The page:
Friday, November 25, 2016

Recent NRI Q&A: Will Indian parents have to pay NRI Fees for schooling in India, if their child is born in the US?

Here are my recent responses to questions about  NRIs on Quora. Do keep the questions coming. I will try and respond on this blog or Quora  



Question: Will Indian parents have to pay NRI Fees for schooling in India, if their child is born in the US?


The Fee for School and admissions really depends on parents and less on the immigration status of the child. Most schools have a complex fee structure that could include items like
  • Admission (donation and other fees)
  • Initial fees (books, annual fee etc)
  • Annual fee
  • Tuition (monthly/quarterly)
  • Special fee for sports and other activities
  • Transportation fee etc. etc.
Image source (link)
If the Indian parents flaunt their NRI status and seek admission in elite “International” schools, they will have to pay the going rate. Some of these elite-schools cater to international expatriates, Diplomats and others, and charge equivalent of the fee in Dollars. American School charges $24,200/Yr for Grades 1–5.
On the other hand, if they decide to seek admission in convents/English-medium or other schools where most middle/upper-middle class folks send their kids to, they may have to pay a high initial admission fee, after which other fees would be on par with locals.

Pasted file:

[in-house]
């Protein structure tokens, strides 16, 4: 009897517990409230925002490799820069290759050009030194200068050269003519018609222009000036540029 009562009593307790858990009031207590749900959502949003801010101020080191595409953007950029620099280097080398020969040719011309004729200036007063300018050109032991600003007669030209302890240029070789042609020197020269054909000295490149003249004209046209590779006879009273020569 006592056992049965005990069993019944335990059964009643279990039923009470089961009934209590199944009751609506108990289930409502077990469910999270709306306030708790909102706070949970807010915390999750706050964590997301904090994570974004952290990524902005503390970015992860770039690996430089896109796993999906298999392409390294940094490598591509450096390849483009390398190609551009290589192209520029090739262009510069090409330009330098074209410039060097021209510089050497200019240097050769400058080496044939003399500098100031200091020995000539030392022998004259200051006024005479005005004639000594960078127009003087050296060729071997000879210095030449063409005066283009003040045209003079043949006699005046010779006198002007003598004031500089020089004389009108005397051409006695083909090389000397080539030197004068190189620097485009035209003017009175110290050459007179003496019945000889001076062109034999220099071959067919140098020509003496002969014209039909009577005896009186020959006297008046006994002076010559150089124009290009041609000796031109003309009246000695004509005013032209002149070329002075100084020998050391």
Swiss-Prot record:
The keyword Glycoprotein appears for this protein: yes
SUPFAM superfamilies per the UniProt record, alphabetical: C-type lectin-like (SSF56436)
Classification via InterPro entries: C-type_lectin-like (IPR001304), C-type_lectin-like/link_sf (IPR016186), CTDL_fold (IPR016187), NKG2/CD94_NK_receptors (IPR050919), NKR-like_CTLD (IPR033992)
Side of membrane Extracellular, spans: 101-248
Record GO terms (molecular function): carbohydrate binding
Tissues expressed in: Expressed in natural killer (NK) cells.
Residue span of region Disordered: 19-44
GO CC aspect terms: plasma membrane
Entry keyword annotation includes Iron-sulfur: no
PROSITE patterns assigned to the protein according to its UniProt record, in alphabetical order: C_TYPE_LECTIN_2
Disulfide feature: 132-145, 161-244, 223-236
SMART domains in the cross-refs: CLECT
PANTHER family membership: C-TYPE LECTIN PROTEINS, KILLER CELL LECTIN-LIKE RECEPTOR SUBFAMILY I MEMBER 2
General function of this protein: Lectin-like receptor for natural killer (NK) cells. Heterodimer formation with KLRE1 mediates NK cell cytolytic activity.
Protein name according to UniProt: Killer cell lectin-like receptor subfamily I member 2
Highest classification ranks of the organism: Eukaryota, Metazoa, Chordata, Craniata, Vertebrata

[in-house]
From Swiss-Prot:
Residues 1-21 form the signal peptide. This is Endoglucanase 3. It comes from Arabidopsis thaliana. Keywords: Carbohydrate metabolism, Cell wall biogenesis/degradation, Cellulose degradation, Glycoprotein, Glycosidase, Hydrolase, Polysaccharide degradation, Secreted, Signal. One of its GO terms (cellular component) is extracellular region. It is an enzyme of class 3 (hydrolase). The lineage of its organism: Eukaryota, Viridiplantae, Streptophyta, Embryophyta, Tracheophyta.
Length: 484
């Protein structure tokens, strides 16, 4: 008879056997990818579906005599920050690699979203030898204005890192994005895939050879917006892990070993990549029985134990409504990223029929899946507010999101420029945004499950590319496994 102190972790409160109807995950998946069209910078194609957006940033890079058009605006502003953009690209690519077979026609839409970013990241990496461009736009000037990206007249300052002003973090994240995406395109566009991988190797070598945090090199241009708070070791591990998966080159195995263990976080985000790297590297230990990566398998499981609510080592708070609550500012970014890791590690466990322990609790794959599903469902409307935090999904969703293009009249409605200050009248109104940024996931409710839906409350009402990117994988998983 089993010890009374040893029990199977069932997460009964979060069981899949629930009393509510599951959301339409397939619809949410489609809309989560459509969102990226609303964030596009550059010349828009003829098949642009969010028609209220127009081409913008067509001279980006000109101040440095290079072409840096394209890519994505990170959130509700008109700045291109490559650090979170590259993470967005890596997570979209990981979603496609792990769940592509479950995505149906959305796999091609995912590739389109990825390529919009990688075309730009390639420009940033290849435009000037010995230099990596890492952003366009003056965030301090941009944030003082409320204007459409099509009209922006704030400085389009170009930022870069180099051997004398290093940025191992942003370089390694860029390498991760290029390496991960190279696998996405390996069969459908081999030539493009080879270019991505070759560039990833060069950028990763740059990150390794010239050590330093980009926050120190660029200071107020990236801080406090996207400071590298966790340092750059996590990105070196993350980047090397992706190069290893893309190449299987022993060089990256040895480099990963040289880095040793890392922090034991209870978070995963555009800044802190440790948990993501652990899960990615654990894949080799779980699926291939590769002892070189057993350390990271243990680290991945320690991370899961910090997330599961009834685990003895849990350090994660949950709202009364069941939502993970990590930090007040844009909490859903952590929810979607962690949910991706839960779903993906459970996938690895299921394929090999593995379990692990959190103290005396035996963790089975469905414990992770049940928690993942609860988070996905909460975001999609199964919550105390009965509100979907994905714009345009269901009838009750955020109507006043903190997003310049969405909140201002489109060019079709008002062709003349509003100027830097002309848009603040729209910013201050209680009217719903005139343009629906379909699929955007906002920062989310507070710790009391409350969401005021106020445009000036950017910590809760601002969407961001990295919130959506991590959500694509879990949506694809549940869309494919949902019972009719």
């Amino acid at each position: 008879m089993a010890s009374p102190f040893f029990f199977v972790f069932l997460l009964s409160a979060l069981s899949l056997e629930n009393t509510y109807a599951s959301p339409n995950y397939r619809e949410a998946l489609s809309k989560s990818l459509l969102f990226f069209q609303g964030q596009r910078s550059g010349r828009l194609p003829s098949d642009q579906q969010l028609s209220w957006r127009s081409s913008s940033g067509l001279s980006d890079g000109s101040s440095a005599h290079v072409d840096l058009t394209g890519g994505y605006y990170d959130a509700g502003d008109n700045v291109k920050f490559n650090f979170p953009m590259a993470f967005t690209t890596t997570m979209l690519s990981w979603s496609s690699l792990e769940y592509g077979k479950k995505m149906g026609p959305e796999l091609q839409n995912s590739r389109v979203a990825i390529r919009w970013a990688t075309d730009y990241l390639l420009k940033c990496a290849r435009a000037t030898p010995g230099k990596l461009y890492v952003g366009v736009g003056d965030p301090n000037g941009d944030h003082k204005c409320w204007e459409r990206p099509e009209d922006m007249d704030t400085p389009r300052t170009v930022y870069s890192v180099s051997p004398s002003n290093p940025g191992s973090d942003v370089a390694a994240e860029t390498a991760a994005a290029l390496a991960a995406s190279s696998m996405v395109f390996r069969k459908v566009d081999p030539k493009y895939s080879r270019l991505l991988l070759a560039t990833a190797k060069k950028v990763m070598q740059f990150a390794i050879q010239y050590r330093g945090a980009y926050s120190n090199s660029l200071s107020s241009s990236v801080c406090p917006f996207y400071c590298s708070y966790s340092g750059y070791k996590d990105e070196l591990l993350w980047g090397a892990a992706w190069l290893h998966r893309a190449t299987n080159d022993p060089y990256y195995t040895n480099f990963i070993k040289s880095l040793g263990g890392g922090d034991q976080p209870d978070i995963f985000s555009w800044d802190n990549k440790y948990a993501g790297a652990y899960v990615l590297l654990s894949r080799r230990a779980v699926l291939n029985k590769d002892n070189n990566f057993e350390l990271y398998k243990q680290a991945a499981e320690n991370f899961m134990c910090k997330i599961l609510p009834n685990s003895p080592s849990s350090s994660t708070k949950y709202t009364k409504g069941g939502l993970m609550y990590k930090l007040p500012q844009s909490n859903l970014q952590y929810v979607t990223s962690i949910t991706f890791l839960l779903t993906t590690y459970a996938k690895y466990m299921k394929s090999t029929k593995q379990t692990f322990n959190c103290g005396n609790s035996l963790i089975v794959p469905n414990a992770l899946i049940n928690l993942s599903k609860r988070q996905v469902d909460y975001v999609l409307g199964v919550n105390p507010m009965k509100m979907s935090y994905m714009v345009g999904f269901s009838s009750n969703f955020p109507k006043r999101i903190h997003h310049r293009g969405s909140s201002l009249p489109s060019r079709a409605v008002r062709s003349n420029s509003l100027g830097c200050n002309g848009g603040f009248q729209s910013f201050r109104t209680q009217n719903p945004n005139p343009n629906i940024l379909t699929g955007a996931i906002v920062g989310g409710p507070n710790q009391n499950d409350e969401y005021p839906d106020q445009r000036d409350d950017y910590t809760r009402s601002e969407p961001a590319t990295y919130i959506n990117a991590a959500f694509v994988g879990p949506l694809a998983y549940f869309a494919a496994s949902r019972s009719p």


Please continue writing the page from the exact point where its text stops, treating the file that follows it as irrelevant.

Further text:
Wednesday, November 23, 2016

NRI Scam alert ₹ 500 and ₹ 1000

Received the following mail that clearly sounds like a Phishing mail


The mail goes:


Dear Mohan K,

Hello Friend, 

Hope you are doing well despite all the financial crises you are facing.
I’m working with United Nations and some other NGOs in India. I can help you to exchange your Rs. 1000 % Rs.500 to US dollars but I will take 20%. 

We can only Exchange minimum of 50 lakhs.
If you are interested, kindly reply back Via (whitecollins30@hotmail.com)for more details.

Regards,
Dr. Collins White





The mail is clearly a scam! 

Why "Fake News" matters to corporate executives too

The media – traditional and social media - and digerati continue with their soul searching after accounts that “Fake News” circulated on social media swayed the hotly contested American Presidential elections. After initially denying accounts of fake news propagated by Facebook users, Mark Zuckerberg publicly announced measures to take on the issue (Facebook’s fake news: We’re working on it)
Traditional media has been under tremendous pressure from digital media like blogs, wikis, online “media,” News Aggregators, RSS readers, and is using the fake-news issue to highlight the importance of “News.”  New York Times analyzes the issue, pointing to digerati and digital news aggregators
Most of the fake news stories are produced by scammers looking to make a quick buck. The vast majority of them take far-right positions. But a big part of the responsibility for this scourge rests with internet companies like Facebook and Google, which have made it possible for fake news to be shared nearly instantly with millions of users and have been slow to block it from their sites.
How this plays out is anyone’s guess; but digital experts and technologists are already proposing the way forward. In a popular post “,Four Ways to Deal with Fake News Online,” Jan Dawson highlights options like:
  • Do nothing — keep things more or less as they are.